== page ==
Broadly speaking, it must be hard to make a set list since there's so many albums and certain audience members that just know the big hits, and then there's the hardcore fans craving deep cuts. Satisfying them both at once must be difficult.
It is difficult. You very quickly realize when you're up there that there are those two types of songs. There are the songs with broad, mass appeal that people respond to in an instinctive ways. I suppose that's what hit songs are. Then there's, as you say, the more intellectual side of what I'd call the "bedroom songs" that people have a personal, intimate relationship with, but they don't share that with the rest of the world. I think we always try and walk the line between having those great emotional moments that are much more about what's happening in the crowd. The song unleashes the experience that people are having in the crowd, and then those other songs that one can pull back to the stage and they're about the music that's happening on the stage and the audience can participate in that.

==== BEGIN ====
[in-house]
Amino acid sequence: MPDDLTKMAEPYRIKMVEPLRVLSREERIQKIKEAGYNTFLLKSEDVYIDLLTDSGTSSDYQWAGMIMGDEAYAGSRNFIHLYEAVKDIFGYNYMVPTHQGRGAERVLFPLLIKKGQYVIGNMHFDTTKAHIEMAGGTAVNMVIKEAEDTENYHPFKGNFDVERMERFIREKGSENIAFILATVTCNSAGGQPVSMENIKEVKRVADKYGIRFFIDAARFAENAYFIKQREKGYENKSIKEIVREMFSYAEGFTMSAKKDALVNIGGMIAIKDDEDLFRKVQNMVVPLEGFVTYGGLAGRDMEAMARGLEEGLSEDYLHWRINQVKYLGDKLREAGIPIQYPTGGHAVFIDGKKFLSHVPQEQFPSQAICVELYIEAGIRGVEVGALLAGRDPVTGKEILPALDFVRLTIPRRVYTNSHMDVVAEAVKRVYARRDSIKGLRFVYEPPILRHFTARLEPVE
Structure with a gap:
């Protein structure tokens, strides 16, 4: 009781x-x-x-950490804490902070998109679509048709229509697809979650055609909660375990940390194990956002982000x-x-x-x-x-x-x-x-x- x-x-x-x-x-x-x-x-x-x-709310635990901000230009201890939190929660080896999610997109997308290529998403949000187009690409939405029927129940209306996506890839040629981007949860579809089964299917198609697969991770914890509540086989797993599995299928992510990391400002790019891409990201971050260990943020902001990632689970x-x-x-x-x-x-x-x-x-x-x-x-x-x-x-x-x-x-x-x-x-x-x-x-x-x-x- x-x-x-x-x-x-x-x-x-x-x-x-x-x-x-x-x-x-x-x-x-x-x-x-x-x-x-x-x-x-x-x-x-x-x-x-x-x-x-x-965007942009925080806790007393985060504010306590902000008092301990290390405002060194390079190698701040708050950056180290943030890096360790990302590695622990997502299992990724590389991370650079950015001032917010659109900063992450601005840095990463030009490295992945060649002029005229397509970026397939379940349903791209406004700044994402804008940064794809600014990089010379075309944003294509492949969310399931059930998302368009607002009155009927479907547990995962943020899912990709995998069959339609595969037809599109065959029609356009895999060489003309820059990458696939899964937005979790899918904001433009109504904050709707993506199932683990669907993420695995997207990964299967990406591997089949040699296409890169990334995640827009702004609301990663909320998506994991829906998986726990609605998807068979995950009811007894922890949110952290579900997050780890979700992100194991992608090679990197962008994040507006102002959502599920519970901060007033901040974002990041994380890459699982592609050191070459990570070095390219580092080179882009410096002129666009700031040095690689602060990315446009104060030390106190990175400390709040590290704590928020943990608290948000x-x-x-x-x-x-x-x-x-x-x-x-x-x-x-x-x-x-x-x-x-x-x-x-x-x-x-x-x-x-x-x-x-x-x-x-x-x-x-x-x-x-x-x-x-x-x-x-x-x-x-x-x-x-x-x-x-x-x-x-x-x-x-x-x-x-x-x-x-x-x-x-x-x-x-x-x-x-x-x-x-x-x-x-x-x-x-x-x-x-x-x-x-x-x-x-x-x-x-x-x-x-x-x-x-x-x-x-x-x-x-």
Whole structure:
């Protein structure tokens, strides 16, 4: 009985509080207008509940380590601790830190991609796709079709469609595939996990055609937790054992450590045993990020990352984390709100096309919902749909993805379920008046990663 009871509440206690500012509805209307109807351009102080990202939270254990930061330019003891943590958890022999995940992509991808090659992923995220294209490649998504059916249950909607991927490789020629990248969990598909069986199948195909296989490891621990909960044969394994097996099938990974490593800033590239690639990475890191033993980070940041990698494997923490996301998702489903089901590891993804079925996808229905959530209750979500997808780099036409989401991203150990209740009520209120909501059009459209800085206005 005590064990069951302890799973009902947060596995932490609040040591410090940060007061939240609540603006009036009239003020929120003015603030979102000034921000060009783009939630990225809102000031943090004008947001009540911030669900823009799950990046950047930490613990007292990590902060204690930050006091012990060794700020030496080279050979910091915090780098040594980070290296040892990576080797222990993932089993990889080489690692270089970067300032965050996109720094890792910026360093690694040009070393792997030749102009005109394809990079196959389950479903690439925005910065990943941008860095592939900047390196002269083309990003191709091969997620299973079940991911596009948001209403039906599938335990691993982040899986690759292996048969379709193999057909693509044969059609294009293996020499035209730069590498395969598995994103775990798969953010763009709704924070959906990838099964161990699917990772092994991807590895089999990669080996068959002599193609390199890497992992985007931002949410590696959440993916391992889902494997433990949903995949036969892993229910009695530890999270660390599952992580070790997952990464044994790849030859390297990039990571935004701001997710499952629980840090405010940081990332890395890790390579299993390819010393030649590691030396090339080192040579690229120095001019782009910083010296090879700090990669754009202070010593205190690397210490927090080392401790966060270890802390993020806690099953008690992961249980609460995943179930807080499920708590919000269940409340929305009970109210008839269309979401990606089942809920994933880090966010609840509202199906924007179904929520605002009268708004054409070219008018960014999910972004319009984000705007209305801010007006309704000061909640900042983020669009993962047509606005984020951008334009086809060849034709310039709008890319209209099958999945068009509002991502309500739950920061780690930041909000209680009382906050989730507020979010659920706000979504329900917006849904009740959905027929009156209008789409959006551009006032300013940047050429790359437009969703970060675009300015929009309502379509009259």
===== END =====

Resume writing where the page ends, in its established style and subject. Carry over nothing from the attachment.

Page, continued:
I told the Edge the two songs the fans are always talking about are "Acrobat" and "Drowning Man." You've never done either of them. Do you think they'll ever be played?
We rehearsed up a version of "Drowning Man" for the 360° tour. I think we rehearsed it up until the moment we were rehearsing in stadiums. I think some of the fan chatter said that. I think in the end it seemed like really an obscure song to submit a stadium audience to [laughs]. But it has something. It really does have something. What we were doing with it was quite interesting, but you instinctively know that's not going to carry in a stadium. It could carry in a club situation because it is … that's right off War. It probably isn't that well-known, but it is a beautiful piece of music, really evocative. Perhaps there is a way to put it in.